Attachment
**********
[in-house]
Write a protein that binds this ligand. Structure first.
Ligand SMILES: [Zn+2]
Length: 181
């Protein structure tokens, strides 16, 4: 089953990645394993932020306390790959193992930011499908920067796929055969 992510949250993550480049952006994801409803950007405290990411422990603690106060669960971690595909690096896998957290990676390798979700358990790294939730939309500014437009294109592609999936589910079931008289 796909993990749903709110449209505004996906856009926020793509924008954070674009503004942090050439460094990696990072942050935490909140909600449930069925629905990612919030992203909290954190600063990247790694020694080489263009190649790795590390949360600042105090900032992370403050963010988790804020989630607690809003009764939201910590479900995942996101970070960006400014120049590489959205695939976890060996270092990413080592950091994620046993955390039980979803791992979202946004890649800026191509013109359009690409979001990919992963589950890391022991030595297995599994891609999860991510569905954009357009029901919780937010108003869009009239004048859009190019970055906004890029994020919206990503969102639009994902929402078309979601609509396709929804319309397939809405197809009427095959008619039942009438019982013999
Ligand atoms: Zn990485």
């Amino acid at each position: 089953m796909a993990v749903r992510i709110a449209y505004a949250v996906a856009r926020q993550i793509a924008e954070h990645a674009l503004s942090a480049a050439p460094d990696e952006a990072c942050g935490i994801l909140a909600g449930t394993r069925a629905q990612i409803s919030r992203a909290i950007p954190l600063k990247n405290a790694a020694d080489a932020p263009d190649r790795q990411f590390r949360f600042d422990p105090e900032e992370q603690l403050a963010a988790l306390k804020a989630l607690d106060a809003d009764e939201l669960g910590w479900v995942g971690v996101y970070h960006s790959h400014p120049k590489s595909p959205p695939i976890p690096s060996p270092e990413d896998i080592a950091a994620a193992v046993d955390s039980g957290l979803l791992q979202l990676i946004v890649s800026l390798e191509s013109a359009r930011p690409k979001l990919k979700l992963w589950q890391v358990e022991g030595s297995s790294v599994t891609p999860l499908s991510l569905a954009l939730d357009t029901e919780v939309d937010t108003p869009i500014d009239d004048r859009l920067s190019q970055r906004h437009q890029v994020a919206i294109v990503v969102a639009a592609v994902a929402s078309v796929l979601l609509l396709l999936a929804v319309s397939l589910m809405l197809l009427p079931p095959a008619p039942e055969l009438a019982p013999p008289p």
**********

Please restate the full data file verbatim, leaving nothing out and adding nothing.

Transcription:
[in-house]
Write a protein that binds this ligand. Structure first.
Ligand SMILES: [Zn+2]
Length: 181
């Protein structure tokens, strides 16, 4: 089953990645394993932020306390790959193992930011499908920067796929055969 992510949250993550480049952006994801409803950007405290990411422990603690106060669960971690595909690096896998957290990676390798979700358990790294939730939309500014437009294109592609999936589910079931008289 796909993990749903709110449209505004996906856009926020793509924008954070674009503004942090050439460094990696990072942050935490909140909600449930069925629905990612919030992203909290954190600063990247790694020694080489263009190649790795590390949360600042105090900032992370403050963010988790804020989630607690809003009764939201910590479900995942996101970070960006400014120049590489959205695939976890060996270092990413080592950091994620046993955390039980979803791992979202946004890649800026191509013109359009690409979001990919992963589950890391022991030595297995599994891609999860991510569905954009357009029901919780937010108003869009009239004048859009190019970055906004890029994020919206990503969102639009994902929402078309979601609509396709929804319309397939809405197809009427095959008619039942009438019982013999
Ligand atoms: Zn990485």
């Amino acid at each position: 089953m796909a993990v749903r992510i709110a449209y505004a949250v996906a856009r926020q993550i793509a924008e954070h990645a674009l503004s942090a480049a050439p460094d990696e952006a990072c942050g935490i994801l909140a909600g449930t394993r069925a629905q990612i409803s919030r992203a909290i950007p954190l600063k990247n405290a790694a020694d080489a932020p263009d190649r790795q990411f590390r949360f600042d422990p105090e900032e992370q603690l403050a963010a988790l306390k804020a989630l607690d106060a809003d009764e939201l669960g910590w479900v995942g971690v996101y970070h960006s790959h400014p120049k590489s595909p959205p695939i976890p690096s060996p270092e990413d896998i080592a950091a994620a193992v046993d955390s039980g957290l979803l791992q979202l990676i946004v890649s800026l390798e191509s013109a359009r930011p690409k979001l990919k979700l992963w589950q890391v358990e022991g030595s297995s790294v599994t891609p999860l499908s991510l569905a954009l939730d357009t029901e919780v939309d937010t108003p869009i500014d009239d004048r859009l920067s190019q970055r906004h437009q890029v994020a919206i294109v990503v969102a639009a592609v994902a929402s078309v796929l979601l609509l396709l999936a929804v319309s397939l589910m809405l197809l009427p079931p095959a008619p039942e055969l009438a019982p013999p008289p």